Unfortunately, the feelings of the elderly when their financial security is threatened, when their personal affairs are inquired into minutely and when they receive intimidating communications from taxation officers cannot be measured numerically. They do not affect the ordinary economic indicators; they do not inconvenience the revenue authorities; and they are easily overlooked when politicians, captains of industry and trade union leaders settle down for cosy chats to plan the future of the country.

However, the damage done to the quality of life by any new tax and by the feelings of insecurity engendered by recent events must not be underestimated. In particular, it must be taken into account as economists and others produce bright ideas for adding yet further taxes to our already overburdened system. Taxation reform is much too serious and has much too great a potential for harm for it to be allowed to remain in the hands of economists and politicians.

The burden on taxpayers is directly related to extravagant increases in government expenditure. Let us examine some of the maximum rates of personal income tax of some of our near neighbours. This is important, especially as, increasingly, our trade will be within the Pacific region. I cite a number of the maximum tax rates of our near neighbours. In Indonesia the rate is 35 per cent. In Singapore, a progressive nation, it is 40 per cent. In Malaysia it is 46 per cent. In the United States, the maximum rate of tax of 50 per cent is not levied for a married person filing a joint return until the taxable income level of $US162,000 is reached, which is in the order of over $A200,000. Although the United States has certain state income taxes, they do not add up to the Australian income tax take. The maximum tax rate in Australia of 61c in the dollar is paid on incomes over $35,000, approximately twice average earnings. I venture to say, as I mentioned earlier, that the quality of life has been impaired by the tax system. Too much tax revenue accrues from income tax on middle and low income groups. For example, taxpayers earning under $30,000 pay 83.57 per cent of the total income tax paid by individuals. Income tax raises 67 per cent of total Federal revenue.

There is a widespread belief in the Australian community that the tax system is not equitable, simple or efficient. The Liberal Party's policy, on the other hand, demands reductions in the tax burden through reductions in the size of government spending and sustained economic growth. During a first term, the Liberal Party would aim to reduce both expenditure and taxation as a share of gross domestic product. Other associated policies include freeing up the economy, less public intrusion, reduced regulation and a more flexible wages system.

The tax summit will be a farce if it does not look at the other side of the coin, expenditure restraint. It will be ridiculed forever and a day if the Australian Council of Trade Unions or individual unions have so much power that they are able to veto reasonable changes. An attitude prevalent in the Labor Party calls for introduction of a capital gains tax. Once a tax is introduced it is very difficult to remove. Therefore, the introduction of a new tax must be subject to a great deal of careful examination. My Party, the Liberal Party, is against a capital gains tax. It is reasonable and acceptable to be taxed on recurrent incomes, but gains or losses of capital involve different principles and should not be subject to levies. Capital gains taxes do not achieve either horizontal or vertical equity. The incidence of a new tax is unlikely to reduce the levels of other taxes because politicians notoriously increase expenditure levels. Thus, there is a little opportunity to reduce tax.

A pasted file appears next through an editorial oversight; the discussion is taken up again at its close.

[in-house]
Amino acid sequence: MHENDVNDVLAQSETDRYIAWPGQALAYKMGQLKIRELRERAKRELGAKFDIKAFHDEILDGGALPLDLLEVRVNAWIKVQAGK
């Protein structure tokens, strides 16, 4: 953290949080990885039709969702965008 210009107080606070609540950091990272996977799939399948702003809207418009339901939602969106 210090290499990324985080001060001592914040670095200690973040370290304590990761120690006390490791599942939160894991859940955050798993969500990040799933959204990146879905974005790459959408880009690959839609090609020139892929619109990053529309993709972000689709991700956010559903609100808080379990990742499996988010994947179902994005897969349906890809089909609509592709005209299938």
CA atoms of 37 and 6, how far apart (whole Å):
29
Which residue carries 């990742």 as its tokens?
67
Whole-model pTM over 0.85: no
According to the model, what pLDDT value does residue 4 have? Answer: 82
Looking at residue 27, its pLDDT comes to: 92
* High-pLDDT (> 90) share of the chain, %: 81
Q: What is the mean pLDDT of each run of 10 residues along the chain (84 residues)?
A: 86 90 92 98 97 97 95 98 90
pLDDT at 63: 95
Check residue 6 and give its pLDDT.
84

Capital gains tax is a disincentive to both savings and investment. Australia has a poor record in raising capital. Are we to remain dependent on foreign investment? Can we afford a further disincentive to investment? The idea that a wealth tax should be paid progressively as an asset increases in value has weaknesses. Such an idea has been put forward by the Left. Should a farmer progressively have to sell off his farm to pay his tax bill? Countries similar to Australia which have capital gains taxes had them before the onset of high inflation. If we were to introduce capital gains taxes now we would need a set of formulas to overcome illusory and inflationary gains. The revenue gained would not be great, but the costs of collection would be significant.

A capital gains tax is a call for the have nots to attack the wealthy, a grievance sort of attitude. A capital gains tax reduces investment and reduces the number of jobs available as the tax would fall mainly on enterpreneurs. It would not encourage high risk venture capital or entrepreneurial activity. The Prime Minister conveniently forgets that the large majority of businesses in Australia strongly opposes such a tax. The Council of Small Business Organisations of Australia, representing the biggest employers of labour in this country, has said that a new capital gains tax would decimate small business. The National Farmers Federation is also waging a strong campaign against such a tax, because a capital gains tax locks farmers into existing enterprises by discouraging resource movement. For example, there would be a disincentive to move from farming to an alternative investment if a significant proportion of capital would be lost to tax.

At a time when the Government is trying to get a restructuring of the enterprise, it is talking about a capital gains tax which locks up investment in free enterprise; it stops it moving. With the Labor Party now giving us some of the highest real interest rates in the world-that is the difference between the actual rate charged and the inflation rate-It is hard to see the creation of new capital in Australia. Experience has shown that reductions in capital gains taxes in the countries that have them have increased investment and employment in critical respects. The introduction in Australia of a capital gains tax would have an adverse effect on investment and employment. If the Government is serious about rejuvenating the economy it must be practical and not allow outmoded ideological beliefs to damage further the economic performance of an economy that is really in trouble. Australia must restore incentives to work and save by reducing income tax rates. A proper balance between direct and indirect tax must also be achieved, but not in the regressive manner suggested by the Treasurer. I support the resolution moved by my colleague Senator Rae.